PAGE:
Marshall Adult Education




TECH TIP – How to Buy a Printer


I was walking through Walmart the other day and I noticed an HP 3520 inkjet printer on sale for 28 bucks.  Interesting!  The cost of replacing the color and the black cartridges for this printer costs more than the printer itself.  Well, since I needed a new cartridges for my current inkjet printer, I decided it would be cheaper to just buy a new printer. So I did.


Did I get a good deal?  More on that later on.

But first, how do you buy a printer.  Here are some things to consider.


First, there are 2 types of printers that are common today – laser printers and inkjet printers.  We are considering inkjet printers for this Tech Tip.  Here are a couple of good articles you can read that describe types of printers and how they work.


The 3 main considerations when buying an inkjet printer are price, speed, and print quality.  We’ll take these up in reverse order.


Print Quality:  The print quality is determined by the DPI (dots per inch).  Most printers come with either 1200 by 1200 DPI, 2400 by 1200 DPI.  1200 X 1200 means in one square inch, there are 1200 dots across (width) and 1200 dots down (length).  Some new printers boast 4800 X 1200 DPI.  So what does this all mean?  Well, supposedly, the higher the DPI, the better the quality.  But it should be noted that with color inkjet printers, you actually notice very little difference in quality when you get above 1200 X 1200 DPI.  That’s not to say there isn’t any difference; but you have to ask yourself, is it worth the extra hundred bucks when the difference isn’t that noticeable.  Some printers use the word “optimized” when describing their DPI.  This means that the manufacturer had discovered additional ways to enhance their images, such as smoothing out edges, filling in gaps and sharpening up details of the image.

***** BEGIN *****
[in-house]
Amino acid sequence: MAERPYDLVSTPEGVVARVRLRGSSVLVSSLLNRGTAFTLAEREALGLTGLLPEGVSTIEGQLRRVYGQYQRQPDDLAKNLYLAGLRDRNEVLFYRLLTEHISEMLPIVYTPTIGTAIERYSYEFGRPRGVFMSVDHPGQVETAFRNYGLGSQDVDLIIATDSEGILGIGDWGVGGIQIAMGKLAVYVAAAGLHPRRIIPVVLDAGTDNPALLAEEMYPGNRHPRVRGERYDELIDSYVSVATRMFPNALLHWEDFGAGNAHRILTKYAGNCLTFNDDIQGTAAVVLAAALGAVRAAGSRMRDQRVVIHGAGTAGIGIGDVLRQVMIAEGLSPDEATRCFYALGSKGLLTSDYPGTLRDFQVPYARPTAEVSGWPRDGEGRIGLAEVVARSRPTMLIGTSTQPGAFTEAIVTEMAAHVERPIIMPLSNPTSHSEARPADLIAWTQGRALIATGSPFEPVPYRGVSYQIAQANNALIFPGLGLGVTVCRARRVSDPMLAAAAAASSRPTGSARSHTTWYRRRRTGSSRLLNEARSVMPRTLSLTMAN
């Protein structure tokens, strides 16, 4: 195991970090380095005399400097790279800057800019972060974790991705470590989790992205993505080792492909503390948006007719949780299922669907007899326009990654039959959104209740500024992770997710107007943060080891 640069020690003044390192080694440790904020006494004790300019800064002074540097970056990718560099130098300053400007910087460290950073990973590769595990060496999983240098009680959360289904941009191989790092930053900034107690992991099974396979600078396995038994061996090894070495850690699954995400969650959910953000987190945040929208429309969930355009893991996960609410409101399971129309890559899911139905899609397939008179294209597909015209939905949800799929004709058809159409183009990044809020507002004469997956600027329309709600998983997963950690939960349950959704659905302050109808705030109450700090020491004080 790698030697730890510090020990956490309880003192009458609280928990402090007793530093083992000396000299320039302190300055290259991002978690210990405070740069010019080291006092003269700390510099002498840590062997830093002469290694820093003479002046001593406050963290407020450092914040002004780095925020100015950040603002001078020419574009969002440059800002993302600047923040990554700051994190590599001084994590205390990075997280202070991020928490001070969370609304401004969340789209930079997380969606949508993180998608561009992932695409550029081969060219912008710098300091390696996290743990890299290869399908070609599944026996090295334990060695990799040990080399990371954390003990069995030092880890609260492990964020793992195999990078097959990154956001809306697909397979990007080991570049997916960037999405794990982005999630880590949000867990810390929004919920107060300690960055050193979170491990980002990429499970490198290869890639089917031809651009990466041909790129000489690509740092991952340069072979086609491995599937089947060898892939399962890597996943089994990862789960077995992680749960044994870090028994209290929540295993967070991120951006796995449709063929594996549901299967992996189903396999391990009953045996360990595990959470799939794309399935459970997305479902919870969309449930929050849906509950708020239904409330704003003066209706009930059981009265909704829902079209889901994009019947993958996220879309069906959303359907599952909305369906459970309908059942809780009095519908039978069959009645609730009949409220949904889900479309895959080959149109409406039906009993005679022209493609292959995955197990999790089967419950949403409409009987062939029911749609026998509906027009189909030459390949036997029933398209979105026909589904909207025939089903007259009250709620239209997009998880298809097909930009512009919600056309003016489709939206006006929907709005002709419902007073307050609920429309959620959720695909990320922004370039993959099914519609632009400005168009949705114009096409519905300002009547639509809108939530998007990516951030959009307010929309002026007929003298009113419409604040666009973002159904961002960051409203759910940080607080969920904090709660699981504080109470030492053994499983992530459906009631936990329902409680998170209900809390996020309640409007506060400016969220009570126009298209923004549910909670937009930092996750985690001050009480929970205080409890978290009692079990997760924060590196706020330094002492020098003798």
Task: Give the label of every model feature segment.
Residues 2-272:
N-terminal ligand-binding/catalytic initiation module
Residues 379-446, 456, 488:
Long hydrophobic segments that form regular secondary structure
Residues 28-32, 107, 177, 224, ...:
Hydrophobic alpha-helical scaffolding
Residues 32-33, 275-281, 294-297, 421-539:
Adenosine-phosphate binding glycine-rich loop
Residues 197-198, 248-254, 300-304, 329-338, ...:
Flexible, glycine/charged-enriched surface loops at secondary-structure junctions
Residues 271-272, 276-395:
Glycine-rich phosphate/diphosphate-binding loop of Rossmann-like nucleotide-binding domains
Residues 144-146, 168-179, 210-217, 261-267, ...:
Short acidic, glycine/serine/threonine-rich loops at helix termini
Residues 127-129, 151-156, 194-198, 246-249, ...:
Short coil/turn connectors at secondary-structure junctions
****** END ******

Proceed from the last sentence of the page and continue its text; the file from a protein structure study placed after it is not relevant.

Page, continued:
Speed:  The more you pay for a printer, the faster it will print.  Speed is measured in PPM (pages per minute).  It takes longer to print pages in color than in black.  PPM is a good consideration if you are always in a hurry.  If you aren’t, just ignore their speed ratings.  Besides, the rated PPM is rarely as good as they say it is.  My opinion is – speed is much overrated.


Price:  Almost all inkjet printers you buy today offer the same features.  But, generally, the more you pay, the better your quality and speed.  Additionally, some printers may offer the ability to network a printer, (this is different that sharing a printer – all printers can be shared), use wireless printing, optional paper trays, additional memory options, etc.  If you don’t care about speed, and don’t care about these other options, there is no need to spend the big bucks for an inkjet printer.  There are many great quality printers for under a hundred bucks – you don’t have to spend more.


Ok – those are the things printer manufacturers always talk about.  Now here is what they never talk about…